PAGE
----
A metronome is a piece of equipment commonly used by musicians to count out beats while playing and practicing music. A study completed at the College of Human Medicine at Michigan State University showed some positive results in helping children to better pay attention as well as improving language and reading skills. Participants in the study were diagnosed with ADHD prior to the study. Ages of the children ranged between 6 and 12 years old.
The participants tried to match the beat of the metronome in a series of exercises. The researchers believed that common deficits in children with ADHD, for example motor planning and timing, could be corrected with these exercises. The researchers further believed that once these deficits were corrected, behavior would improve as well. The study did show some improvement in attention, motor control, language processing, reading and behavior.
The results of the study were promising, but, this was the only study performed to date and does not provide enough information to draw conclusions on the efficacy of using the metronome as a treatment for ADHD. This may offer parents an option to help in completing specific tasks in the future, but further research and studies will need to be completed to see if the results are similar. This is still considered to be an experimental treatment and is controversial in the medical community.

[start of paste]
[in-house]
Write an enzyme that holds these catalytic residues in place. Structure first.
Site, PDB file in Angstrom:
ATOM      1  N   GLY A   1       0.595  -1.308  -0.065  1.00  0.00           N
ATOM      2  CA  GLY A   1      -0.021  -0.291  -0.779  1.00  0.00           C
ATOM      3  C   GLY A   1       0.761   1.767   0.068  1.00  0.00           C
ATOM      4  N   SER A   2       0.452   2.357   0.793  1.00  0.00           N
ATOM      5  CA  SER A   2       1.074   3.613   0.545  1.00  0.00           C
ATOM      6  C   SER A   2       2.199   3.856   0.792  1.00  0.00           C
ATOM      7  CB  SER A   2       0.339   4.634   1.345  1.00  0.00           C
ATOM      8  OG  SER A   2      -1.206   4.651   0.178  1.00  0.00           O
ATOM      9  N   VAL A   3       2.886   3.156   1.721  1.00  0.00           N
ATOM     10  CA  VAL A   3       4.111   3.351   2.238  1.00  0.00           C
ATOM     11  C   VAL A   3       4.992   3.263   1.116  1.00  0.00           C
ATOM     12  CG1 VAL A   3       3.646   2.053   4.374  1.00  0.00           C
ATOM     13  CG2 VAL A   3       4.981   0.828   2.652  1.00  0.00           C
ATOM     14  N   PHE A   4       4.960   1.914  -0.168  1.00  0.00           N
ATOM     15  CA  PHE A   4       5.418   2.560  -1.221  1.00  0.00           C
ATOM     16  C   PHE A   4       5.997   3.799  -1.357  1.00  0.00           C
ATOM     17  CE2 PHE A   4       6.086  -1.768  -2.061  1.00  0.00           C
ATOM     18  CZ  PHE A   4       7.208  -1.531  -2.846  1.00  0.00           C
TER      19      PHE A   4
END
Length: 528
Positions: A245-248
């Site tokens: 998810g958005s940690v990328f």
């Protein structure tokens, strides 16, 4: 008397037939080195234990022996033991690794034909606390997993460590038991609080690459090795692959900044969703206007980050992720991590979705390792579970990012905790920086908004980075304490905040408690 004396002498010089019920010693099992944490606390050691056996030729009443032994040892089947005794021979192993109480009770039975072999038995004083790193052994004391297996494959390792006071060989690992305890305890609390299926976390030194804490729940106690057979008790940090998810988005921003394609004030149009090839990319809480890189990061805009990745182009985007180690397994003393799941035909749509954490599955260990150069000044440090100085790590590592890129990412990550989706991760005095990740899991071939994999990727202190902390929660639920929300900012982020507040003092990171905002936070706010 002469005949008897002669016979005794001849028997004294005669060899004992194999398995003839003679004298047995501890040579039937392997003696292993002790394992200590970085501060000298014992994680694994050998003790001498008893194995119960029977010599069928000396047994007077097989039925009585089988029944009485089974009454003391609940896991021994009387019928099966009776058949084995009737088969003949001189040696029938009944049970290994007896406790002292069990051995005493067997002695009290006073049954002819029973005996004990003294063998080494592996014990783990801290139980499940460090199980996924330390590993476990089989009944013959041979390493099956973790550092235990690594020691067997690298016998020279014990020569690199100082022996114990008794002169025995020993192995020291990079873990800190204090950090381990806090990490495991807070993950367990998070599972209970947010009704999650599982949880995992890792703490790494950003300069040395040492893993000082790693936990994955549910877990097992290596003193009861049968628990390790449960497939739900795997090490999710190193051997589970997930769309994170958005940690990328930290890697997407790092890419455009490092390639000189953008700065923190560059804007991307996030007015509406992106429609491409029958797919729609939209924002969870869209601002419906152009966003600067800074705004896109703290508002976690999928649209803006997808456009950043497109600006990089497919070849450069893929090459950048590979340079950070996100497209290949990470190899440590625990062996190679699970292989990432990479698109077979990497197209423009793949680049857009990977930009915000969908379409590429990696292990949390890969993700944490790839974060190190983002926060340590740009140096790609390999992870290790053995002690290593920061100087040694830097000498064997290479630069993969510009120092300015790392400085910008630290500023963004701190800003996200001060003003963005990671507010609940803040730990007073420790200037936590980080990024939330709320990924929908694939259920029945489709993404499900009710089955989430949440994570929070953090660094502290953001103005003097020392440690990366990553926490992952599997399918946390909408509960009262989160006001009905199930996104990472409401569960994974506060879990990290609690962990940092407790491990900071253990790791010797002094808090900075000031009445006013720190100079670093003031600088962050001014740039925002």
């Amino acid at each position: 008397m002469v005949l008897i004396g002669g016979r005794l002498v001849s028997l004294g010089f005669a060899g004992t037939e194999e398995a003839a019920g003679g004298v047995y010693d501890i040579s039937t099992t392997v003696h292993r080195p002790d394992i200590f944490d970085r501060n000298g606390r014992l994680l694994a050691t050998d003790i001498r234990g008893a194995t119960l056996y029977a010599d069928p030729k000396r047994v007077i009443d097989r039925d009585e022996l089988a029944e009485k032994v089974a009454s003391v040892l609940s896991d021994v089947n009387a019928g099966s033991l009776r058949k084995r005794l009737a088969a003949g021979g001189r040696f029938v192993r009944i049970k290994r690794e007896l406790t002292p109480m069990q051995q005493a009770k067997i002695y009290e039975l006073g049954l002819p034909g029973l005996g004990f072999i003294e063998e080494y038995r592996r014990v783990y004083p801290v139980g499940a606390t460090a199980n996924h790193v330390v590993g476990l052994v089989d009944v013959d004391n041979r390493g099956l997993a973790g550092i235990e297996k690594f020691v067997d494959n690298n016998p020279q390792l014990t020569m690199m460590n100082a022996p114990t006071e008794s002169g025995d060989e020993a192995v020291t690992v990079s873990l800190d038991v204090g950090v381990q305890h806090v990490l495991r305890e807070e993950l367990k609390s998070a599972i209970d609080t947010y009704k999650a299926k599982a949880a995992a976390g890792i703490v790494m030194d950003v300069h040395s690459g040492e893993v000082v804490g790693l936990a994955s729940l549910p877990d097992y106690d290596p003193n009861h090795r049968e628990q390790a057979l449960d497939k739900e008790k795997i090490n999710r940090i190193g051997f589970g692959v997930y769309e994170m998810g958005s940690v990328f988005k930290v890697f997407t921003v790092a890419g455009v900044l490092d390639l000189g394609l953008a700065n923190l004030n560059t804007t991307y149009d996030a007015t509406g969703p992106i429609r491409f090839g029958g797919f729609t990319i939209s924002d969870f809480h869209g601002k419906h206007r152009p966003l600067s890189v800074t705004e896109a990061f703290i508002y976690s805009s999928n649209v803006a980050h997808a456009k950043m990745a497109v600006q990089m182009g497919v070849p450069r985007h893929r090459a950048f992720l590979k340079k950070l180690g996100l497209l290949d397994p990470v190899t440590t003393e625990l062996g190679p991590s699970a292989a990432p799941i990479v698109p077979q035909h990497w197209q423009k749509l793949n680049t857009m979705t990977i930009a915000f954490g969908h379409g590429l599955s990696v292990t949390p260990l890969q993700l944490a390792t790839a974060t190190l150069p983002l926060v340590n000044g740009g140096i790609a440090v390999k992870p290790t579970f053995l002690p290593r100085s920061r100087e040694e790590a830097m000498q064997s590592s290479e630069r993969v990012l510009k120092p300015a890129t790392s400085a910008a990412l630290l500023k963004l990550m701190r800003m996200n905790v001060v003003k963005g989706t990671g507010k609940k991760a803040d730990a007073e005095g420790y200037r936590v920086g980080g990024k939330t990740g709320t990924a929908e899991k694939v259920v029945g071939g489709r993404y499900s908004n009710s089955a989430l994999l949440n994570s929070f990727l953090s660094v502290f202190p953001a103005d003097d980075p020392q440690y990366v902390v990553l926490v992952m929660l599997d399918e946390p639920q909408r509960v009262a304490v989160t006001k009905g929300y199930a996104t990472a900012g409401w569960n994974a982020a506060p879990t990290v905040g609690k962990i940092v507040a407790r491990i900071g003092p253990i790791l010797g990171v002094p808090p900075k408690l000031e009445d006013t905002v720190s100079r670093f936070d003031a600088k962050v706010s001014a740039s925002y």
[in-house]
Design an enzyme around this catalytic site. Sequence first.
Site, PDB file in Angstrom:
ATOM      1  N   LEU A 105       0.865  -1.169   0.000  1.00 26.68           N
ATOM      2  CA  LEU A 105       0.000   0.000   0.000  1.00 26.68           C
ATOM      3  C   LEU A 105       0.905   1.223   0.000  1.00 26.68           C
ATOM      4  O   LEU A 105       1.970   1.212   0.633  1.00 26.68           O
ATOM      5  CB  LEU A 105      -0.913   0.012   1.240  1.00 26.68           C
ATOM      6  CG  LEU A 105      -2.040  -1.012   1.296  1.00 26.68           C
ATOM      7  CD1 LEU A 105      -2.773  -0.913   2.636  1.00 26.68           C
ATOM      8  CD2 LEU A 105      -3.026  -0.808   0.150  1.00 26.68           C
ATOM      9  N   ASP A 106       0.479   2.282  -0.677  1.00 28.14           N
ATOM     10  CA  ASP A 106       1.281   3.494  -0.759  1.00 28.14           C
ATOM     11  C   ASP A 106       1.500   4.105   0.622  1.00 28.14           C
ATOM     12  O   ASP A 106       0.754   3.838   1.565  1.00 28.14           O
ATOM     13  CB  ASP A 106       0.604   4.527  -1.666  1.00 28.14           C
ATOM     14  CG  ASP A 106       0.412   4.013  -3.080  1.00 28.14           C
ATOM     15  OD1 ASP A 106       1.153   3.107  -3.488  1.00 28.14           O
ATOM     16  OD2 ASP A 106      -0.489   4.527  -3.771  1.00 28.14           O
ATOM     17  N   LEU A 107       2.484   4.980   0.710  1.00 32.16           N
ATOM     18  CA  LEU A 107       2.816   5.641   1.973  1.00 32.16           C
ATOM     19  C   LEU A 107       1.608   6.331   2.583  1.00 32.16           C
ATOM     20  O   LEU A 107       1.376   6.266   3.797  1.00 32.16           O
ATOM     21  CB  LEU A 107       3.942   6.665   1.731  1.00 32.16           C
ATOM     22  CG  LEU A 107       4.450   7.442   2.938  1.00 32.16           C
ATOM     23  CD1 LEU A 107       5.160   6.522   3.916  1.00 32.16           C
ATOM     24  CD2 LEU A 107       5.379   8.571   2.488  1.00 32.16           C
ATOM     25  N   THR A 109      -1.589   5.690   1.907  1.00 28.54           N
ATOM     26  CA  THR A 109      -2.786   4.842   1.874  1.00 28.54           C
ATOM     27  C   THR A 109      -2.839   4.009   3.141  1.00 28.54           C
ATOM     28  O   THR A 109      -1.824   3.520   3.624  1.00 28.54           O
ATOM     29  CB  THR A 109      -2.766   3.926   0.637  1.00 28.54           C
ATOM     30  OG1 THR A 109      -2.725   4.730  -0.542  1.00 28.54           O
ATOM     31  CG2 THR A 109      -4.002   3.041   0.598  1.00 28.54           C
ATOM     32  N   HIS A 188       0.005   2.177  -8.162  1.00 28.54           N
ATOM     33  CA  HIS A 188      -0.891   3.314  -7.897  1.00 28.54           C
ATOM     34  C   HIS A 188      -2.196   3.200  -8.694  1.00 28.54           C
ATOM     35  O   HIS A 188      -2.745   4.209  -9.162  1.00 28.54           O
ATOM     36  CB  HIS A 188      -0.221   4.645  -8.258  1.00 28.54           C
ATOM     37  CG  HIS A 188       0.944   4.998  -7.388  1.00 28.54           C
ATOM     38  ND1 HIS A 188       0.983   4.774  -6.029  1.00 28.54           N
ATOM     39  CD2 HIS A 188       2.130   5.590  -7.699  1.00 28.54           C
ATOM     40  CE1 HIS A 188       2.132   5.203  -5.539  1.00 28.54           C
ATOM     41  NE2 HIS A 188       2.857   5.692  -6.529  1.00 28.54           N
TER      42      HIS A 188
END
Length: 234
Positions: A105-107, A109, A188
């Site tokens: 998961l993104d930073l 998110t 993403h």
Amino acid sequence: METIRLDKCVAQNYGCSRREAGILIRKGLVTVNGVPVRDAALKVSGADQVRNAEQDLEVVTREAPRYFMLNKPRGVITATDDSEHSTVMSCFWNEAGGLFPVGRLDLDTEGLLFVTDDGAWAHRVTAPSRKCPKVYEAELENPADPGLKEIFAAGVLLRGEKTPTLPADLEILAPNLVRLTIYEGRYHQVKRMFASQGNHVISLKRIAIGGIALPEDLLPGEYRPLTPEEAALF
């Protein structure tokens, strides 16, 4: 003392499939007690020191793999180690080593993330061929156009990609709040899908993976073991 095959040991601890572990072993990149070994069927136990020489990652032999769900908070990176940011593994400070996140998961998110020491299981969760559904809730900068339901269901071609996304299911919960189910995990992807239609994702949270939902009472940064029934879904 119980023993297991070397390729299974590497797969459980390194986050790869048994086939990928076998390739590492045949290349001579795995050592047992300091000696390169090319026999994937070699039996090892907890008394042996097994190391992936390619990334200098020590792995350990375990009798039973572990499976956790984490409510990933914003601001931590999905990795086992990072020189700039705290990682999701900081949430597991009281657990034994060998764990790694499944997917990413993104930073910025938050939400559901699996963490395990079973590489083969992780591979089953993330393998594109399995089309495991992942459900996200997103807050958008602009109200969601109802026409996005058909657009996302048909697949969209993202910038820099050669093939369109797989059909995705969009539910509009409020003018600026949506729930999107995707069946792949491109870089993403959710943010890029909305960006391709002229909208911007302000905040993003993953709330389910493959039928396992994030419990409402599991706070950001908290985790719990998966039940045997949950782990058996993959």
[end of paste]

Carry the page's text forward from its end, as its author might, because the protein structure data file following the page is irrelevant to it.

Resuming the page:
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Bernard-Bonnin, Dr. Anne-Claude. “The use of alternative therapies in treating children with attention deficit hyperactivity disorder.” Canadian Pediatrics Committee. 2003.
RJ Shaffer, LE Jacokes, JF Assily, SI Greenspan, RF Tuchman, PJ Stemmer Jr.,Effect of Interactive Metronome Training on Children with ADHD,College of Human Medicine, Michigan State University, 2001, as listed on NCBI Pub Med. www.pubmed.gov.
Eileen Bailey is a freelance health writer. She is the author of What Went Right: Reframe Your Thinking for a Happier Now, Idiot’s Guide to Adult ADHD, Idiot’s Guide to Cognitive Behavioral Therapy, Essential Guide to Overcoming Obsessive Love, and Essential Guide to Asperger’s Syndrome. She can be found on Twitter @eileenmbailey and on Facebook at eileenmbailey.